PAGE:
Scans can make it easier to see whiplash injuries

On Behalf of | Aug 10, 2021 | Motor Vehicle Accidents |

One significant challenge people frequently face after a motor vehicle accident is proving the extent of their injuries and damages. Often, the harm done in a crash is not easy for others to see. Unlike property damage, physical and mental damage can be invisible or subjective.

However, researchers are experimenting with a new way to scan for whiplash-associated disorders, which are among the most common and most difficult to quantify after a crash.

A new approach using conventional scans

According to reports, researchers are using conventional scans on whiplash victims to “see” inflammation and tissue injuries. But before performing these scans, physicians intravenously inject D-deprenyl into crash victims.

Together with the positron emission tomography (PET) and computed tomography (CT) scans, the injection made it possible to visualize lesions in the back and neck area where there was increased uptake of the D-deprenyl.

How this research can help victims

Common crash injuries like broken bones, burns and fractures can be proven with tests and X-rays or even just by looking at someone.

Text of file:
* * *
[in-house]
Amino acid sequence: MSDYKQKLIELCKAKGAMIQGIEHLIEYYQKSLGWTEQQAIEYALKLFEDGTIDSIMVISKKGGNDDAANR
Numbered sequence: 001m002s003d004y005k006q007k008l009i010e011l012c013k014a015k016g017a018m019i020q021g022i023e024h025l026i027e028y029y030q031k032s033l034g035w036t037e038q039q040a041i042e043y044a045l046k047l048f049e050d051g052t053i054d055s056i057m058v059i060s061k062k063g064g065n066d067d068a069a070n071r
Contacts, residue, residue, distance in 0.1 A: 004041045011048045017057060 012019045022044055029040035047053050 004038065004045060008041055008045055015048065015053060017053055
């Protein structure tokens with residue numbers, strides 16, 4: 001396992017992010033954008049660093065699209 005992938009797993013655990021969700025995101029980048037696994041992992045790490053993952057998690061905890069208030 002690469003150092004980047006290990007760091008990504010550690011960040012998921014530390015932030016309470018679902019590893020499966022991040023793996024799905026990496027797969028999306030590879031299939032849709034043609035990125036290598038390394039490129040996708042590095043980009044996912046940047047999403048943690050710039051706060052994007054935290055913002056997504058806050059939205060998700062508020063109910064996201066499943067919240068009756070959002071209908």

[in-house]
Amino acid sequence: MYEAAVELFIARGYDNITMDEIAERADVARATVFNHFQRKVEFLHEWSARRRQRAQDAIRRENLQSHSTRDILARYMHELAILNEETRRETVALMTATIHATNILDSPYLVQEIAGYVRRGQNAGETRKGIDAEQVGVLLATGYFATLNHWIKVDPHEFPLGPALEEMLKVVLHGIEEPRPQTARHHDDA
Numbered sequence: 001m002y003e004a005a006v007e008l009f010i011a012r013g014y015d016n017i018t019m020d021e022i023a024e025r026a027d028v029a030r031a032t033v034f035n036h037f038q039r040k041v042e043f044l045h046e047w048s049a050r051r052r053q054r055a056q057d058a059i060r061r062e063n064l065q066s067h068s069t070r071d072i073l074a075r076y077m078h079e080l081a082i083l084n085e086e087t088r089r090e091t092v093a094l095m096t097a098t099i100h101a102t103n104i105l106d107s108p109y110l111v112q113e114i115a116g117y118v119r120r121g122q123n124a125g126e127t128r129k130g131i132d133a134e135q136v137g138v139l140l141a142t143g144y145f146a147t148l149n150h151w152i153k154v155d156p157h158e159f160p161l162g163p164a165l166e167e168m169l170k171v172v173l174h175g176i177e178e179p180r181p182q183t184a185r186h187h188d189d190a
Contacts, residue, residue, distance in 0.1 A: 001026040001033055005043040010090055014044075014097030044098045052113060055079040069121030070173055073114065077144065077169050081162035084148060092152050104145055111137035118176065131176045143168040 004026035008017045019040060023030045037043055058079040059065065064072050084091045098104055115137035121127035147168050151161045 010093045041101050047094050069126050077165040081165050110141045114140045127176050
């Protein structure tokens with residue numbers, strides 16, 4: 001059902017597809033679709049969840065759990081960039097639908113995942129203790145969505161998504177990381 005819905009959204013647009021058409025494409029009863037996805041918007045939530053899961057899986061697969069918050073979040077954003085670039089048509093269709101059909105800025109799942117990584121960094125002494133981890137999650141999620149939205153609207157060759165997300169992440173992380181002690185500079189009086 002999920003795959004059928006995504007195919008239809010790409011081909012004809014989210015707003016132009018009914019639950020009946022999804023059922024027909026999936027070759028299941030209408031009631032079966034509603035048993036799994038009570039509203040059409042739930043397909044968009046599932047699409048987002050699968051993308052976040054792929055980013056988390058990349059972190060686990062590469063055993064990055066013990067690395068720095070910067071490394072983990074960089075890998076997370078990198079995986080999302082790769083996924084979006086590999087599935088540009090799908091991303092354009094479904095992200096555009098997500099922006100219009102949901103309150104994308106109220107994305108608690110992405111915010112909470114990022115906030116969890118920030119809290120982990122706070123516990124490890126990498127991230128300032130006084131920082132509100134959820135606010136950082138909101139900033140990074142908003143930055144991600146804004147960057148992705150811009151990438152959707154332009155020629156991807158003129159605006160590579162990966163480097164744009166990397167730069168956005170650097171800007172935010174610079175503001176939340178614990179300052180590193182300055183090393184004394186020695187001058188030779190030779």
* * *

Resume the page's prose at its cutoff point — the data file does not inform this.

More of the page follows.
However, whiplash symptoms often involve chronic pain, which is a subjective condition, as well as other conditions like inflammation and tissue damage. Measuring or confirming these injuries has long been a challenge, but this research could change things.

When there are tests to confirm a person’s injuries and the long-term harm that collisions can cause, it can be much easier for victims to prove damages for legal and medical purposes. 

The fact is that car crash victims often struggle to prove just how bad their injuries are after an accident, particularly when negligent parties and insurance companies are looking for any reason to downplay the effect (and cost) of an accident.

The more medical evidence a person can present, the easier it can be to pursue maximum compensation for economic and non-economic damages that often result from a serious collision.